Future of UK in doubt, says Welsh leader

9 May 19

The Welsh first minister has expressed doubts about the future of a United Kingdom as a result of Brexit.

Mark DrakefordIn a keynote speech today, Mark Drakeford [pictured right] told an Institute for Government event that there is a “real prospect” that the UK may break up.

“For the first time in my political life, there is real prospect of the UK not surviving as a four-way nation,” he said.

He cited a potential second Scottish independence referendum and an Irish border poll as factors that could split up the UK.

In his speech marking 20 years of devolution, Drakeford slammed Westminster for its “deep and profound ambivalence to devolution”.

He said that the Welsh government is “fiercely devolutionist” but that Westminster had taken a “grace and favour approach” whereby powers are devolved as long as the nations do as Westminster wishes.

Drakeford said this approach was on display in a recent speech by Michael Gove to the Scottish Conservative conference.

In his speech the environment secretary outlined plans for Westminster to be allowed to spend Treasury funds in Scotland on traditionally devolved matters like education. 

The Welsh first minister compared Gove’s suggestions to the Scottish government announcing that they wanted to set up an army base in Hampshire.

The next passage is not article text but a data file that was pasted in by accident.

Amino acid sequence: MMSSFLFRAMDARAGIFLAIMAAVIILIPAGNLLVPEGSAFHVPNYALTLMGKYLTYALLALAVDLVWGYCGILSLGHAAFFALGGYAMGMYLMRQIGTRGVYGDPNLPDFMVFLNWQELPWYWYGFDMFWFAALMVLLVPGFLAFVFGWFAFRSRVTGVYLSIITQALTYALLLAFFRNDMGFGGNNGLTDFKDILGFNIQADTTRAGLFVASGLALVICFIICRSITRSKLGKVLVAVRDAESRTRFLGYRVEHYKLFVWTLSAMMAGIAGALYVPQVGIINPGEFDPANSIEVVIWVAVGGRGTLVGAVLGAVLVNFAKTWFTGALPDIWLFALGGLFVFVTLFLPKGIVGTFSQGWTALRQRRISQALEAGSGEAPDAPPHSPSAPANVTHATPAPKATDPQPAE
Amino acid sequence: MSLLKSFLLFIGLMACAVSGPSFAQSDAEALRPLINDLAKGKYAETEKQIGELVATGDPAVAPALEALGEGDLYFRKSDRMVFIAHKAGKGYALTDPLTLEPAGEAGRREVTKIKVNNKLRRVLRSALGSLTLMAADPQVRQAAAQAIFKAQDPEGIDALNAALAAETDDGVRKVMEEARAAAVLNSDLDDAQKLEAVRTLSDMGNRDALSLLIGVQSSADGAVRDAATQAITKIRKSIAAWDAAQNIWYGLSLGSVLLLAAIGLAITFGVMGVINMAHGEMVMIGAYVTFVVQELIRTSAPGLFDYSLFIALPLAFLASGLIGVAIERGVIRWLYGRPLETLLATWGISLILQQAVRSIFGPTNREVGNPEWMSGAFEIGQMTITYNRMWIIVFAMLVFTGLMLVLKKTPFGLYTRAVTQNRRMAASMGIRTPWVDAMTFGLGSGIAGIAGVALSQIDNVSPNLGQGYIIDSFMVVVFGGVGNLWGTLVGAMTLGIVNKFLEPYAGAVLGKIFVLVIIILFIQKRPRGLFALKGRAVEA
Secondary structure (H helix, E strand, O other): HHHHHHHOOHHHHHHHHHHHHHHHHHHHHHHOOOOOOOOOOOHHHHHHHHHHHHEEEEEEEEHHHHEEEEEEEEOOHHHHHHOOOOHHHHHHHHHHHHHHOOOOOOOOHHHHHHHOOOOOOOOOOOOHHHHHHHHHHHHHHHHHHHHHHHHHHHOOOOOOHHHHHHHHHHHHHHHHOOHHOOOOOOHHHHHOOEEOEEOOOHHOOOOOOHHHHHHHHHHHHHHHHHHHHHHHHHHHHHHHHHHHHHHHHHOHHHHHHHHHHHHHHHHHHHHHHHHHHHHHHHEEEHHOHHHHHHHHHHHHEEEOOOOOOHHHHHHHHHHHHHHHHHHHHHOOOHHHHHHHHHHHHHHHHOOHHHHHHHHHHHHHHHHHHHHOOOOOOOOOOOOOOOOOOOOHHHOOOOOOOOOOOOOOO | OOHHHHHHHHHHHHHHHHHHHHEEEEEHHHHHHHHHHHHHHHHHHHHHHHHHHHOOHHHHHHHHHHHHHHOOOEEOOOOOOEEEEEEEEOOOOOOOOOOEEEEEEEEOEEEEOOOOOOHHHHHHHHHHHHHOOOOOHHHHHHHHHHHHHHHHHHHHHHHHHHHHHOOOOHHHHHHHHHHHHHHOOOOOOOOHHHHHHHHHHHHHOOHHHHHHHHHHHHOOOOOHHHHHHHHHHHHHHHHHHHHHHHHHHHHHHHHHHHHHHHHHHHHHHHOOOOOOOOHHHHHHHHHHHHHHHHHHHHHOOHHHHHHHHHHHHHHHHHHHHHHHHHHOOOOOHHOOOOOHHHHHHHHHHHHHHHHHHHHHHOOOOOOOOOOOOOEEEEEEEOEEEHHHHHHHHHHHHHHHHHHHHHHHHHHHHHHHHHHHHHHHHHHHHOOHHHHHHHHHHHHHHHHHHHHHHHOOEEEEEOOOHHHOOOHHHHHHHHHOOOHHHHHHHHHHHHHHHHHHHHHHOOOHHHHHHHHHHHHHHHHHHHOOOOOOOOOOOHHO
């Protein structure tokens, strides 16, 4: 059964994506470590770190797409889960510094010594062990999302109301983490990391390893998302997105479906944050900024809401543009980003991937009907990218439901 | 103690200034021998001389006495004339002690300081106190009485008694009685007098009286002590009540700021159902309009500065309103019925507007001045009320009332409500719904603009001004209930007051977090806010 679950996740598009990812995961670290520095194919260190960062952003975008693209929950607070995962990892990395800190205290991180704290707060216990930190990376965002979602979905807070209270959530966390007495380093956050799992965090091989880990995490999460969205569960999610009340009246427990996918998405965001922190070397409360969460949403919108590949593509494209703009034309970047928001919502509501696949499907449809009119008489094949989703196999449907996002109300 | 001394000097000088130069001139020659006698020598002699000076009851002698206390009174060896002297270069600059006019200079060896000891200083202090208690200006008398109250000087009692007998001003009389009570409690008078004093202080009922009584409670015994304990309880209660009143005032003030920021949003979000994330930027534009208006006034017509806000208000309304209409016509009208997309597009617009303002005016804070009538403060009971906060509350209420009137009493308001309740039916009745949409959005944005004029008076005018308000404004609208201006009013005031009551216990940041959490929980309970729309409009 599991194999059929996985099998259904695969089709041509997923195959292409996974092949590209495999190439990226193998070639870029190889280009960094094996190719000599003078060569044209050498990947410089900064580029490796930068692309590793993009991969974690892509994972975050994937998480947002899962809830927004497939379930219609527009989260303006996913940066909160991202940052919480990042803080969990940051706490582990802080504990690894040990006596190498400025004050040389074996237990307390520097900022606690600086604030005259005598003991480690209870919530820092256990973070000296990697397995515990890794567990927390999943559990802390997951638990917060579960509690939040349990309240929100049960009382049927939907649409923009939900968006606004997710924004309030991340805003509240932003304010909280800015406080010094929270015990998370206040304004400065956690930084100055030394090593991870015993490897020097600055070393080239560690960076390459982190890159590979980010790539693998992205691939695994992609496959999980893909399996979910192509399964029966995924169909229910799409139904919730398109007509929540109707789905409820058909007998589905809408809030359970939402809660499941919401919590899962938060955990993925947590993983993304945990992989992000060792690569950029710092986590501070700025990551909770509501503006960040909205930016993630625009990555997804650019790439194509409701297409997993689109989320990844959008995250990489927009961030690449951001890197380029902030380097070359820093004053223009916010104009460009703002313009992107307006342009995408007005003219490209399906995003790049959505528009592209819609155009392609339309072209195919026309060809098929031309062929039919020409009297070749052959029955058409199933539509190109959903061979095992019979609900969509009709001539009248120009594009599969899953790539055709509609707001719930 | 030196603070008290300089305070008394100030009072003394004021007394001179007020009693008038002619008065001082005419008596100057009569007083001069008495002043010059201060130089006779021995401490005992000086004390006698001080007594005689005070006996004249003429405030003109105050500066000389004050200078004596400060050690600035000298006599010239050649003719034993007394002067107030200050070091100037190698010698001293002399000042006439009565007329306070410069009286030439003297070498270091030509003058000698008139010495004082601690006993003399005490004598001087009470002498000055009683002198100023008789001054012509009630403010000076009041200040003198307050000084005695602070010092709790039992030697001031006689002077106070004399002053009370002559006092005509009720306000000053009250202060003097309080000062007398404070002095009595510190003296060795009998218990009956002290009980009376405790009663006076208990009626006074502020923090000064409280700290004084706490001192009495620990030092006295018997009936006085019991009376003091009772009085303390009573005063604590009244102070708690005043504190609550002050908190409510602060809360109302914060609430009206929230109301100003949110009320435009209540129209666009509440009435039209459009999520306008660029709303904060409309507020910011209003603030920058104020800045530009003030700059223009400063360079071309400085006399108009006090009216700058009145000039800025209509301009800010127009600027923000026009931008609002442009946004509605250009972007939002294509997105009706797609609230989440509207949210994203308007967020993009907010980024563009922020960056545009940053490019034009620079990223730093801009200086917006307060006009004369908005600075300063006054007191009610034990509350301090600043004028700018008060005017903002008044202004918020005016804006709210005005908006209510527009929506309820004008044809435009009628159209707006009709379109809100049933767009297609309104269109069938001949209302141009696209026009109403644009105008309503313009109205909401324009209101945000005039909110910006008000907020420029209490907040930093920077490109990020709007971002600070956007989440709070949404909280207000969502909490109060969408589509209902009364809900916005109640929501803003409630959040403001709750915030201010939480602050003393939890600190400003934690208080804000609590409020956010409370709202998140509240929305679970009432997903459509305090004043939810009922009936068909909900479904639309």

“While devolution in Wales and Scotland has been transformative, Westminster has stood still,” he added.

Drakeford said that the Whitehall of 2019 was “unrecognisable” compared to the Whitehall of 1999 which began the process of devolution.

He called for a “fundamental rethink and repositioning of the way Whitehall’s response to devolution is shaped in the future”.

The Welsh Labour leader mooted the idea of a common space for negotiation and agreement for the four countries and declared that the Welsh government “must be in the room” for any future trade negotiations that affect Welsh competencies.

He warned that the point of devolution is not to enter into competition as to who can provide the best public services, and claimed that the UK government has often tried to portray the Welsh NHS as worse than that of England.

“I am allergic to the idea of devolution where England is set out as the gold standard,” he told delegates.

An IfG report from March also warned that Brexit would have a “huge impact” on the devolution process.

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